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Liz Magor - Stores


Eleanor Bond is recognized internationally for her large-scale oil paintings of urban landscapes in which a labyrinth of forms include both the actual and the imaginary. Although Bond’s paintings do not represent a specific built environment, their starting point is a specific urban place, space and landscape. This exhibition presented 2 works produced from research undertaken in Vancouver during February of 1999. Bond spent ten days walking and driving throughout Vancouver and its environs making photographic and video documentation which influenced the painting of Glass City and Tent City. - Curator, Petra Watson.

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Eleanor Bond - Quick aging pivoting city


Button Wall was created for the CAG by Rethink Communications as the first step in the CAG’s first-ever public awareness media campaign. Fifty thousand buttons, each bearing a word that might describe your response to an artwork, were attached to the façade of our building. In less than 48 hours almost all of them have gone walking, attached to gallery visitors and now circulating among a vast potential audience for contemporary art in the city.

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CAG Button Wall


“Hello & welcome to the Contemporary Art Gallery!”

Have you been by in the last few months? There are 3 great exhibits showing right now, and you should make time to come visit! When you’re by & chatting with the friendly front desk volunteer, you might spy a few Artist Edition prints behind them. Don’t forget to look behind you as well, because there is another print hanging to the left of the BC Binning Gallery entrance. Let me tell you about these pieces that we have displayed in the entrance foyer. For even more information, visit the publication page at www.contemporaryartgallery.ca

Thomas Bewick, Limited Edition Print, Apr 2009
Ikon Gallery, Birmingham, UK, Edition of 75.
$150, unframed

A limited edition printed on a hand press by Iain Bain from the original wood-blocks. Of the 3 subjects, the Bulldog was engraved for the 1790 edition of the Quadrupeds; the Lesser Redpole, and the tail-piece of the man relieving himself beside a fragment of ruined wall were made for the first 1797 volume of the British Birds. What is amazing about Thomas Bewick’s work is both the delicate and intricate marks he was able to make with the tools of the time, and the witty narrative that Bewick injected into his work. To quote the exhibition notes:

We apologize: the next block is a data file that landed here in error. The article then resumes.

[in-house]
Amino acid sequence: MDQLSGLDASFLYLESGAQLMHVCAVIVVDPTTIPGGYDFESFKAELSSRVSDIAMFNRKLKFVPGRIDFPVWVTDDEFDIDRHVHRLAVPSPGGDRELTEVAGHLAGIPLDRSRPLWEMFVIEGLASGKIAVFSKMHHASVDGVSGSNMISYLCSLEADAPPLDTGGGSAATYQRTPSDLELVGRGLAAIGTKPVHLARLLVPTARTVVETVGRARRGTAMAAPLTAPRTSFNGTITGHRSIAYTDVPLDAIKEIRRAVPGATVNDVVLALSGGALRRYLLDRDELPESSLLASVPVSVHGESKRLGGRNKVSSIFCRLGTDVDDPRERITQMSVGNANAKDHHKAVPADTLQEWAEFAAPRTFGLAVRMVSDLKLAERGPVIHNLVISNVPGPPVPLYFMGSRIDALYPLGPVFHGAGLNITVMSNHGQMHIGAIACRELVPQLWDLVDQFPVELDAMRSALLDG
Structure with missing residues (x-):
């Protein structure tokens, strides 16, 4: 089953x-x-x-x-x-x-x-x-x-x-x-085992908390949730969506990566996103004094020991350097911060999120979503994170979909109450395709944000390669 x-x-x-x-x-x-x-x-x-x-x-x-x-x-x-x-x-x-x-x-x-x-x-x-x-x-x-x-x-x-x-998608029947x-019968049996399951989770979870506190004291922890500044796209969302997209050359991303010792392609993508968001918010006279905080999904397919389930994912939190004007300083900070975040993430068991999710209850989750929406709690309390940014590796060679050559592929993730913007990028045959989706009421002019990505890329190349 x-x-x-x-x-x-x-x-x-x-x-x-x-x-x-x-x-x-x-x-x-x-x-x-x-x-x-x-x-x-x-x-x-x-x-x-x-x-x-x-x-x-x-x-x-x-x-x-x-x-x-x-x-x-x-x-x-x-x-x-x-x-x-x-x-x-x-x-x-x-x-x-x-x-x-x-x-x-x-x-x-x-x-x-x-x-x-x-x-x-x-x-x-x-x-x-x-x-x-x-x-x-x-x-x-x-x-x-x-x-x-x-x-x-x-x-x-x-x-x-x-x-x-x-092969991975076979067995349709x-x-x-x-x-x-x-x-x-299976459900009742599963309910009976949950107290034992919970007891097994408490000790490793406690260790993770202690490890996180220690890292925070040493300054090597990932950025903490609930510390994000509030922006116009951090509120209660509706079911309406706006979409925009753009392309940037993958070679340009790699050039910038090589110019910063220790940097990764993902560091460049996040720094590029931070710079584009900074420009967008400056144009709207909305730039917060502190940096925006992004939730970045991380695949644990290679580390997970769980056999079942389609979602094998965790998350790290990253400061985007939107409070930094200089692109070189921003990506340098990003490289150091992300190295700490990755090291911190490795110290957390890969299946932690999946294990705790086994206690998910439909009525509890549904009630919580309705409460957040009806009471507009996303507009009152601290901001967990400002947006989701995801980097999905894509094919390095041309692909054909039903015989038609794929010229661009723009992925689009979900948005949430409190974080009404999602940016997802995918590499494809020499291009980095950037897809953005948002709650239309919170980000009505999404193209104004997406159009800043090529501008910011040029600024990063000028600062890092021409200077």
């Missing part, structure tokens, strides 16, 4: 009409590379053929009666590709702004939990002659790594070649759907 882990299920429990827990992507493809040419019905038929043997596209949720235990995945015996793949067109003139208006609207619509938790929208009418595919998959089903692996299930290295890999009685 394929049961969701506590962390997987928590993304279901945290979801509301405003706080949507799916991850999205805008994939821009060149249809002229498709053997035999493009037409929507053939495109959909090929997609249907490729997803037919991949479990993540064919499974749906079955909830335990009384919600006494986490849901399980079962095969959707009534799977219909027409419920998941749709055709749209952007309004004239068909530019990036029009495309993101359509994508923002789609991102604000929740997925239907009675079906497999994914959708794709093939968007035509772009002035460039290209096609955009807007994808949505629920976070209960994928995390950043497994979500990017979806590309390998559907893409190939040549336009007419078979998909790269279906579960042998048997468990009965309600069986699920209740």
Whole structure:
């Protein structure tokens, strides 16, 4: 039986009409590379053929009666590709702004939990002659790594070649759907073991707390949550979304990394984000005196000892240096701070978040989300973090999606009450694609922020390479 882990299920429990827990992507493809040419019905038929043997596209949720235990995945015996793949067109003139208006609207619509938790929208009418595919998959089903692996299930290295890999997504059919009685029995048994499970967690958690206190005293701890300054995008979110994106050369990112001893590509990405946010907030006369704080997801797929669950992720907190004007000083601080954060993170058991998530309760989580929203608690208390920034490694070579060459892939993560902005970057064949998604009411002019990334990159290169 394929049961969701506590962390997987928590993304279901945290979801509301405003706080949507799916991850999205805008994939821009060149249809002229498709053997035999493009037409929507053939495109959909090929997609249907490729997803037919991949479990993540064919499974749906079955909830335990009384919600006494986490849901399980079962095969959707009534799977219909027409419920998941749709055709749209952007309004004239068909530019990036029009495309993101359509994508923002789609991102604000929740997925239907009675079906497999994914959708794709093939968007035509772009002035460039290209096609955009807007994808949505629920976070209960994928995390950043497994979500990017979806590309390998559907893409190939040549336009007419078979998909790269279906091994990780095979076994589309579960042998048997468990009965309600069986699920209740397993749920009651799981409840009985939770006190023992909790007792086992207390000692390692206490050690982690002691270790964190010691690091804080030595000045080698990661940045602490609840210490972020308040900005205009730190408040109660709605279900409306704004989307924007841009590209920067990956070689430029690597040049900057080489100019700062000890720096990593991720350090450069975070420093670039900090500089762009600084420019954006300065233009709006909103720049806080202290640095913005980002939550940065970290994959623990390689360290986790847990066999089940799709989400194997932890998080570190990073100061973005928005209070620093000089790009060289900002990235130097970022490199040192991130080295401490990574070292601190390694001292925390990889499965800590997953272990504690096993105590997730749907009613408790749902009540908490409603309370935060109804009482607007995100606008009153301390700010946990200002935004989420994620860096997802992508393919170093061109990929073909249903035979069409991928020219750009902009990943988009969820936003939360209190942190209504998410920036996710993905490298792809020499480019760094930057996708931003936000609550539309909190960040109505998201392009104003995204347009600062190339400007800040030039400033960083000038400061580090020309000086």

Intended as illustrations of ‘some truth or point of some moral’ they provide an invaluable insight into social history while also demonstrating the artist’s imagination and wit. As such these narrative works will provide an interesting counterpoint to the work of many internationally established artists in Vancouver, engaging in image making which critically examines and reflects on the city and conditions which surround them.

Robert Orchardson, Study for Endless Façade ,Limited Edition Giclée print, Nov 17, 2011
Contemporary Art Gallery, Vancouver / Ikon Gallery, Birmingham, UK, Edition of 50.
$150, unframed

This limited edition print, 13″ x 18.5″, was produced to coincide with the exhibition Robert Orchardson Endless façade which ran from November 2011 until January 2012. The show transformed half of the gallery into another world as visitors walked through a giant triangular entrance way into a science-fiction-like set featuring Robert’s work. I quite liked the following quote from the exhibit notes:

He also sees this sense of possibility inherent in stage sets, where a narrative exists between the material character of the set itself, and the ‘other’ identity it adopts within the context of a play.

His installation partially revisited stage sets designed by Isamu Noguchi in 1955 for a Royal Shakespeare Company production of King Lear.

Rodney Graham Jacob Grimm’s Study in Berlin/Wilhelm Grimm’s Study in Berlin (1960), Etchings, 1992
Contemporary Art Gallery, Vancouver, 2 prints unframed.
$2,000 (pair), unframed

Perhaps you’re stopping by the gallery after having spent some time checking out Rodney Graham’s new exhibition over at the Vancouver Art Gallery? Remember, the CAG is only 5 blocks away from the VAG so you can continue your gallery-viewing excursion all afternoon!